NEWCASTLE HOMEOWNERSHIP ROCKETS BY 4,190 HOMES IN THE LAST 5 YEARS
Newcastle Homeownership Rockets by 4,190 Homes in the Last 5 Years
- The Newcastle housing market over the last five years has behaved oddly.
- Newcastle house prices are 23.1% higher than in 2017, even though during those five years, the British economy had the uncertainty of Brexit and the massive fall in GDP during the pandemic.
- Yet, a less observed trend is that the net number of homeowners in Newcastle has risen by 4,190 households, a jump of 3.7%.
- Why has growth in homeownership happened, and what does it mean for Newcastle's existing homeowners (and landlords)?
With the newspapers full of news about the death of homeownership and the growth in Generation Rent, it must surprise many (as it did with me) that the number of homeowners in Newcastle has grown.
To give some context …
the number of homeowners in Newcastle dropped between 2011 and 2017 by 426 households, yet between 2017 and 2021, that grew by 4,190 households.
So, what is behind this growth in homeownership and is it a good thing?
Politicians love it when homeownership rises, as they believe owning a house turns individuals into model upright citizens. It was one of the critical reasons for the council house sell-off in the 1980s.
Yet the hard data to back this up is unexpectedly slim, whilst other studies hint that homeownership has some harmful costs to the economy, such as reduced entrepreneurial spirit and the disinclination to move home to find work.
However, increasing homeownership may be a good foundation for Britain’s economic recovery after the last few years. Homeowners have a greater propensity to live in single-family unit homes like townhouses and semi-detached houses.
A greater demand for more single-use homes supports the construction of such dwellings (instead of other types such as small apartment blocks or Homes of Multiple Occupation). This is important because single-family unit homes tend to be better build quality, have more extensive gardens, and have more local amenities.
So, what are the sort of numbers I am talking about in Newcastle?
In 2017, there were 54,578 Newcastle owner-occupied homes. By 2021, this had grown to 58,768 Newcastle homes.
This means homeownership in Newcastle has risen from 47.17% of the households in Newcastle in 2017 to 48.9% in 2021, a proportional increase of 3.7%.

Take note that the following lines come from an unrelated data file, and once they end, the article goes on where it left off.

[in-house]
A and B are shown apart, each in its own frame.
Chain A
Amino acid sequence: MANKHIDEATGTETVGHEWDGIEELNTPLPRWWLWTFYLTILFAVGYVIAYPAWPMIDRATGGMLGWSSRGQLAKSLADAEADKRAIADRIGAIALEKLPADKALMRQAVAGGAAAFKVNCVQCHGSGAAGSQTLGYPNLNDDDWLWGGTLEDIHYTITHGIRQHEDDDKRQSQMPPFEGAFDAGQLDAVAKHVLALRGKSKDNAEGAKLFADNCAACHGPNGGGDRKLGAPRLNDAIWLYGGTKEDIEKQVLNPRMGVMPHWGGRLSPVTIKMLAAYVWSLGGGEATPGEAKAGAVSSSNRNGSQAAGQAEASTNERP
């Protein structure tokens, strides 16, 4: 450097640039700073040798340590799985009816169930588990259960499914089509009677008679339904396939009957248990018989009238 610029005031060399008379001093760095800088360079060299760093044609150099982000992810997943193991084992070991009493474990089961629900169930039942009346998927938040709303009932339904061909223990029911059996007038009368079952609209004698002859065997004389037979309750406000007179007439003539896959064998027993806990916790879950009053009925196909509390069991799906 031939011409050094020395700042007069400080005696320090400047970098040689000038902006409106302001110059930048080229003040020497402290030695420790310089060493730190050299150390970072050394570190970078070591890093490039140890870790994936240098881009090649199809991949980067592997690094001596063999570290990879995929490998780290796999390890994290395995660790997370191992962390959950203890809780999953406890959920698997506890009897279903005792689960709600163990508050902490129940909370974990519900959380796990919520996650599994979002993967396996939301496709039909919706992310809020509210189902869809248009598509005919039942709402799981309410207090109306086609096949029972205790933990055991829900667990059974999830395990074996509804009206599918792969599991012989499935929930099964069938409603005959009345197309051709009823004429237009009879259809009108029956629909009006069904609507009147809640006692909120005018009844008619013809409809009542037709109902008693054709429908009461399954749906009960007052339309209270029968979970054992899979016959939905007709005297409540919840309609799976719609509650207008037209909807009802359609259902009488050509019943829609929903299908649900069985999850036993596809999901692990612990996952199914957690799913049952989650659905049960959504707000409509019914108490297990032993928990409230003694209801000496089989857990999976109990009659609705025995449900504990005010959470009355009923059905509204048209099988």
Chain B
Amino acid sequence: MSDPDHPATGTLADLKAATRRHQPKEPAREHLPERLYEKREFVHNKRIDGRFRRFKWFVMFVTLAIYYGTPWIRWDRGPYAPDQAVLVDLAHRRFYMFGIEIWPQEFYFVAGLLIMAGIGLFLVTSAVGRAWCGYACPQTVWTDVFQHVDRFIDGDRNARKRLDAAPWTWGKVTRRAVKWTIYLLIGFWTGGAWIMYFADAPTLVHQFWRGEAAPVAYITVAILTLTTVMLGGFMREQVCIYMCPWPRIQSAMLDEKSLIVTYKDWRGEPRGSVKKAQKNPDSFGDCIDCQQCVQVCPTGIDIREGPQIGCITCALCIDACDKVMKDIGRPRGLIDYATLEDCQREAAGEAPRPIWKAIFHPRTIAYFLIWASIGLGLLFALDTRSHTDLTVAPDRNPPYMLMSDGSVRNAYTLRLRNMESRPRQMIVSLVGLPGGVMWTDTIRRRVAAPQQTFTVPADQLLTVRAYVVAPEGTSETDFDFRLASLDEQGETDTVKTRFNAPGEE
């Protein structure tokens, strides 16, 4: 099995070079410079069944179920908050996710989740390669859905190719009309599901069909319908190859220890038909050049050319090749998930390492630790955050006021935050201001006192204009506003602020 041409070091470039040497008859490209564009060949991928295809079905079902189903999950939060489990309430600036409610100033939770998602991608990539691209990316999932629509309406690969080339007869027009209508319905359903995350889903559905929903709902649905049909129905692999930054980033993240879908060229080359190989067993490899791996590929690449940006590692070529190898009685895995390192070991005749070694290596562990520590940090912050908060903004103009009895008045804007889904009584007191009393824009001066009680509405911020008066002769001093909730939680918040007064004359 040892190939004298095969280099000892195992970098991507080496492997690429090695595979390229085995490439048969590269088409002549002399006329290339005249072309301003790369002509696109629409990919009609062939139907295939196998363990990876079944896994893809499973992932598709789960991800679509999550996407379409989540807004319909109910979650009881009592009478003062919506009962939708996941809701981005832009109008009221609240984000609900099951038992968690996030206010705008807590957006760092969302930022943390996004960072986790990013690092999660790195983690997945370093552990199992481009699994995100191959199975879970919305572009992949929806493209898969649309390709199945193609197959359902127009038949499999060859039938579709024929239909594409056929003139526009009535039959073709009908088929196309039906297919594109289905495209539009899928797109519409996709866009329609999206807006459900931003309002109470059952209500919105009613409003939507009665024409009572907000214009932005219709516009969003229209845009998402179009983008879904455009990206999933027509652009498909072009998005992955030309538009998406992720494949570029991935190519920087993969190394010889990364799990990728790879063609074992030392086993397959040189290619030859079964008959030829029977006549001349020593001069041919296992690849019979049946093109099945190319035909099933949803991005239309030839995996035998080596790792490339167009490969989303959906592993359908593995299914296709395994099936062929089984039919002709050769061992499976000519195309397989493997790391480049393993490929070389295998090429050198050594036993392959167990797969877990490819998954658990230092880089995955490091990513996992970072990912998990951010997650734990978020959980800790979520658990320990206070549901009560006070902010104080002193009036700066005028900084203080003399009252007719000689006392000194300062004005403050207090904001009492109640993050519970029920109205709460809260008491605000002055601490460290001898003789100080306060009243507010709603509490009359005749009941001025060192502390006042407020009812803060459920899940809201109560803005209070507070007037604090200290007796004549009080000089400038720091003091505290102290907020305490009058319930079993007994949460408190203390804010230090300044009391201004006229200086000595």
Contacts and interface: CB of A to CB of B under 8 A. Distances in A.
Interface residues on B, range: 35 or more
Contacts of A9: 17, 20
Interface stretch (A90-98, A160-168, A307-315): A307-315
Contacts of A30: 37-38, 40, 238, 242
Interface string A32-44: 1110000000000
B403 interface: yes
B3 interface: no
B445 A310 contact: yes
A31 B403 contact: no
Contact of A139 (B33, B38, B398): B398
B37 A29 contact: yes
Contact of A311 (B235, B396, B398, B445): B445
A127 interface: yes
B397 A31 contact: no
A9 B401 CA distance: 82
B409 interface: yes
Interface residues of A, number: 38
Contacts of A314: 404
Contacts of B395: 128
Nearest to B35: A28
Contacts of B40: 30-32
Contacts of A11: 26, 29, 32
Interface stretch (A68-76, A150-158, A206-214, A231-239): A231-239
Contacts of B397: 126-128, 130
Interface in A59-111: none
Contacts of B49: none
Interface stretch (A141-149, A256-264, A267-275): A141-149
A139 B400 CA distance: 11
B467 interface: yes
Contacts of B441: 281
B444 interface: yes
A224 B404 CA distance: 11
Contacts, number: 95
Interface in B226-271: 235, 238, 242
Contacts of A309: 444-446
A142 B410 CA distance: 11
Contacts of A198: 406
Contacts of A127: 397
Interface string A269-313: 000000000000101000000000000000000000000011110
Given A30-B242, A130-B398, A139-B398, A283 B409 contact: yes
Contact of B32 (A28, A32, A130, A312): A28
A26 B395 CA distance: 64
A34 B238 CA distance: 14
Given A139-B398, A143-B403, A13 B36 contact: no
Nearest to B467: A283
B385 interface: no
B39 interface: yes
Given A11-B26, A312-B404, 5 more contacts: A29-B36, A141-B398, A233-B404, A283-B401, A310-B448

So, what is behind this growth in homeownership?
- 95% mortgages have been readily available at low-interest rates now for over a decade. In 2017, first-time buyers also got an exemption from stamp duty. This created a perfect storm of demand, which caused the number of Newcastle first-time buyers to rise.
- Whilst the rise in homeownership in Newcastle precedes the pandemic by a couple of years, another factor to the growth relates to the last property market recession of 2008/9 (the Credit Crunch). Between 2009 and 2012, many Newcastle homeowners found themselves unemployed and still had to pay mortgages at 6% to 8%. Some homes were repossessed or some had to sell their home at a low price to unshackle themselves from their high mortgage costs. This development, nevertheless, took many agonising years to play out, reducing the homeownership until the middle of the last decade.
- People’s views on the way they live have altered during the lockdowns. In a sphere of stay-at-home instructions and social distancing, the peace of mind of homeownership gives Newcastle homeowners the security of tenure.
- Finally, there has been a long-term change in the demographics of the UK. Millennials (currently aged between 26 and 41) are less likely to be homeowners than their Baby Boomer parents were at the same age. Yet, the British millennial generation is now entering its prime home-buying period as they have saved their deposit and are more likely to inherit money from their grandparents. (The average age of a first-time home-buyer in the UK is 33 compared to 26 in the mid-1990s).
So, the final question has to be …
how much further could homeownership go in Newcastle?
The biggest hurdle could prove to be the supply of available homes.
Many 'accidental landlords' have been selling their properties recently, which first-time buyers have bought. Accidental landlords put their own homes up for rent in the early to mid-2010’s because they could not sell. Now they have been motivated to cash in on the higher Newcastle house prices in the last couple of years, which increased the supply of properties to buy for owner-occupation.
Also, the number of houses on the market in Newcastle available to buy from existing owner-occupiers is starting to grow (up from 355,700 in December 2021 to 431,000 in March 2022). This is giving greater confidence to other Newcastle homeowners too scared to put their homes up for sale because they are concerned they would not be able to find anything. Things are starting to change in that regard.
Also, there are signs of a recovery in British new home building as the number of new housing starts in 2021 hit the highest level since the financial crisis of 2007. Yet with a steady increase in Newcastle landlords returning to the market in the last few months, this tide will turn.
Newcastle’s homeownership could continue to swell for a while yet!
P.S. What does this mean to the private rented sector in Newcastle? Come back next week as I give some fantastic insights every Newcastle landlord will want to read to ensure they remain profitable in the Newcastle buy-to-let market.